top ten of 2009. January 3, 2010Posted by Katie in shoptalk.
Tags: top ten
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Okay, I know that I’m ridiculously late in posting these — and that you’ve probably read a THOUSAND posts like this. But I wanted to wait until I had no other chance of finishing a book in 2009 before making my top ten list. Not limited to books published in 2009, but limited to books actually published. So, here it is…alphabetically!
Beautiful Creatures by Kami Garcia and Margaret Stohl.
Before I started this book, I couldn’t stop petting it. After I finished it, I literally had trouble picking up a book to follow it. This world is magical, unique, and unbelievably real to me. I am literally waiting on pins and needles for the sequel. If you want to see me babble more incoherently on my love for this book: my review.
Fire by Kristin Cashore.
I loved “Graceling” and didn’t really see how I could ever love a sequel as much as I loved the first book. “Fire” bowled me over. The new depths to Cashore’s writing truly threw me for a loop and made me re-think the term “sophomore slump.” My review.
Hate List by Jennifer Brown.
The mark of a great book for me is when little details nag at me, when the book has literally bleed into my everyday thoughts. This book is that book for me. “Hate List” was not an easy novel to read. It was a hard, painful subject and I had to put the book down to take a break. Except that I didn’t want to take a break and picked it up again and again until I finished it. You can skip my review, and just read the book. Seriously.
The Hunger Games by Suzanne Collins.
I was so sick of the buzz for this book, I picked it up to shut everyone up for yelling at me to read it. I formally apologized to my co-workers in my review — they were right. And not to increase the buzz, but this book and this series and author are *amazing.* I would literally sell my first-born child (who does not exist) for the third book right now in my hands.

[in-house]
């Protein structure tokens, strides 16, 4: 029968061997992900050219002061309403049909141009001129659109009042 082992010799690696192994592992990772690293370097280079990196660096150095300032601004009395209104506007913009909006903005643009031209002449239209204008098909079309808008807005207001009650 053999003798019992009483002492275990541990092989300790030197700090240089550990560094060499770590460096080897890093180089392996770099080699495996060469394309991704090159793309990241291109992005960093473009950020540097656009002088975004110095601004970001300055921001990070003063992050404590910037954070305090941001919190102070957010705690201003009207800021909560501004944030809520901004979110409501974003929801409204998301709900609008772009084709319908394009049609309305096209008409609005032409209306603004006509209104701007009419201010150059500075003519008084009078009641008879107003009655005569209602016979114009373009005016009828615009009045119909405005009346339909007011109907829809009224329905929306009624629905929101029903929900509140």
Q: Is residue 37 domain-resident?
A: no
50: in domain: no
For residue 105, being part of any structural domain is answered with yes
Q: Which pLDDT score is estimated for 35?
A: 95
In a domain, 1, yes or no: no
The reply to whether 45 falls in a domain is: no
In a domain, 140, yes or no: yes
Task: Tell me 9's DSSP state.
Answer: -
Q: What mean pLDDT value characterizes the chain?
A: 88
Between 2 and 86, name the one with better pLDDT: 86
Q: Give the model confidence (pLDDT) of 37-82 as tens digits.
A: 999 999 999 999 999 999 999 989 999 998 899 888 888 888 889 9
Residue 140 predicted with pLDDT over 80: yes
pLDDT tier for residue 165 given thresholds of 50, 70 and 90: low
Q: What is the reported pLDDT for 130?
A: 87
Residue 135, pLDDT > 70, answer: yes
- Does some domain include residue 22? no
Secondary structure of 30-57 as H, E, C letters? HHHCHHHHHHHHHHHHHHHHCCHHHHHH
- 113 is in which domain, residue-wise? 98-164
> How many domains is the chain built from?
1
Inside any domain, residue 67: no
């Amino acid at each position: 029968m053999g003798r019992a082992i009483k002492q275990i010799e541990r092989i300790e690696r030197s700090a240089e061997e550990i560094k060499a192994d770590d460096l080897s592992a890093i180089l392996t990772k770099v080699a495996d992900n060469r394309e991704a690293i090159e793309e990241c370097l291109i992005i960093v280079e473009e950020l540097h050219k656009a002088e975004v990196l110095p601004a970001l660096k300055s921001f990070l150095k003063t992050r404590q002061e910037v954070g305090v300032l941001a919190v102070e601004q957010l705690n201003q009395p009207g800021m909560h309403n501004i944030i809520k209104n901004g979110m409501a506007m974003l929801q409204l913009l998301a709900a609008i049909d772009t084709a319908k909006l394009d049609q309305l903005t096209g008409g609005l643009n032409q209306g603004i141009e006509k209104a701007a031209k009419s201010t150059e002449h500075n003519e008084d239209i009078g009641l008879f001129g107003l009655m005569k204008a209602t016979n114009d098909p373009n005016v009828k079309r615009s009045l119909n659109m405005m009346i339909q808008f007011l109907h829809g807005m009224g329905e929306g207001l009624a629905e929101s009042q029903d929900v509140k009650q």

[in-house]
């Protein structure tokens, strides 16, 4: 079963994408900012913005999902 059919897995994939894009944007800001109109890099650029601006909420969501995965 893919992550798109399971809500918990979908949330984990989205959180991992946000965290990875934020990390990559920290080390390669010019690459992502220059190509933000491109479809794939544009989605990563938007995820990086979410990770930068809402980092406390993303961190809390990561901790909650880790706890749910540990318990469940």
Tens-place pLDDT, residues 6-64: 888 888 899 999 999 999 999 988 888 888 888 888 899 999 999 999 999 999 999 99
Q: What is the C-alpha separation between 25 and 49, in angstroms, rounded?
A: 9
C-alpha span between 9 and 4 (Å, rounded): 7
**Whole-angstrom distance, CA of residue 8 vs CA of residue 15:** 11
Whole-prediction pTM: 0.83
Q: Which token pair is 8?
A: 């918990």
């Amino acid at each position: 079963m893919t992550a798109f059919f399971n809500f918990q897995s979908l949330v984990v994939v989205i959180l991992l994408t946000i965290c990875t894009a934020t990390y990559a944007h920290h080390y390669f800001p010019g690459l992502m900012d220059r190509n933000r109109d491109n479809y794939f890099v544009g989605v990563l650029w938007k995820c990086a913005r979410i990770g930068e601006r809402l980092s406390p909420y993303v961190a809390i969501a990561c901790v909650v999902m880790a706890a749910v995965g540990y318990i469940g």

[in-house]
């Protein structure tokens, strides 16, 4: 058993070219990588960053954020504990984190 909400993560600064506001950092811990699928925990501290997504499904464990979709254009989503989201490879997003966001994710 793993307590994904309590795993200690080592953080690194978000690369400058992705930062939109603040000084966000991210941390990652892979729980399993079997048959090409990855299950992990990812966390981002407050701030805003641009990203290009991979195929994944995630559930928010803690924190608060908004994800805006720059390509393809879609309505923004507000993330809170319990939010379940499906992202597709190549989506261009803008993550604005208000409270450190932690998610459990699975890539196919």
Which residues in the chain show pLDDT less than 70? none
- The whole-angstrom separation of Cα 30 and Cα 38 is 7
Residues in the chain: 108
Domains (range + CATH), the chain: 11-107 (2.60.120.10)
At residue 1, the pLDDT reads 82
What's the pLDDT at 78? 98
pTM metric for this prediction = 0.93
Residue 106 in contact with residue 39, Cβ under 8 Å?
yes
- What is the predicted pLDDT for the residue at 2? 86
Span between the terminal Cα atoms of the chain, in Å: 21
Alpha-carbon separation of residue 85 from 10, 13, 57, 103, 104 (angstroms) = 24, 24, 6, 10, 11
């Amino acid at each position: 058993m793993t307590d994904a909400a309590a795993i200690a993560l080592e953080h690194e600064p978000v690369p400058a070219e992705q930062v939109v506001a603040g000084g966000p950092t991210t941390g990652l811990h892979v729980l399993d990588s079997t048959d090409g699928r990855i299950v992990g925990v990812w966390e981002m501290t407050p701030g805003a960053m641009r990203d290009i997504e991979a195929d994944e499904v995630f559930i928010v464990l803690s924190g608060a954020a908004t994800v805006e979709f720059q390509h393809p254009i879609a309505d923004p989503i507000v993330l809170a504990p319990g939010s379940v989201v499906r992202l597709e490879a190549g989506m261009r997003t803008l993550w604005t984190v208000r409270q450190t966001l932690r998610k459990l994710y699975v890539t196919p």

Looking for Alaska by John Green.
This year, I have found there are reasons why people nag us to finish certain books — these books steal our breath away from us. My teens nagged me for this one. It was my one shame as a teen librarian that I hadn’t read a John Green book, but had instead watched almost every vlog multiple times. I fixed that this year. And I’m so glad that I did. However, I read this one before I had a blog, so I have no review to share with you!
Once Was Lost by Sara Zarr.
This novel is gorgeously written, completely relatable, and one of the books I would have related to most in high school. I want to re-read this one almost every time my eyes pass over it in my bookcase. This was the book that I literally couldn’t cut from my list of finalists because I have loved it even more in retrospect. Check out my review.
Peace, Love, and Baby Ducks by Lauren Myracle.
Another book from before I started a blog — this book is like the epitome of realistic fiction for me. Especially because it was a book about sisters. (And my sister is my best friend in the whole world.) But! It was true to how sisters are, in my experience. Not always friends, very complicated relationships. And I seriously love the cover.
The Splendor Falls by Rosemary Clement-Moore.
A quiet, supernatural build-up. I loved this book. This is older YA at perfection, in my opinion. I love booktalking this book and seeing my older girls argue about snatching it out of my hands. I am perfectly happy with how it ended, but I would also love a sequel. When I closed this one, I picked it up and re-read the last few hundred pages or so all over again. And here’s my review.
Thirteen Reasons Why by Jay Asher.
It’s hard to even talk about how much this book has changed the teens in my library. We talk a lot about why people commit suicide in Teen Book Club because it happens in their lives, it happens in the books they read. This book calls attention to the fact that it’s not always a giant event — it’s sometimes a bunch of small things. But Hannah isn’t excused from her decision, and no one preaches about how suicide is wrong. It’s an issue book without having a moral, a perfectly drawn conclusion. Another book from before I started my blog, perhaps I will have to review it at some point.
Twenty Boy Summer by Sarah Ockler.
This cover is absolutely perfect and is my favorite cover of 2009. This book is embedded in all of my favorite memories of this year — starting my blog, ALA, reviewing, talking to my teens, and sharing books with them. The story is just a great read and I’m so glad I bought it on an impulse buy. Check out my review.
I am so excited for the books that have just come out and for the books that are coming. I hope I can read just as many amazing books this upcoming year.
Happy new year, all!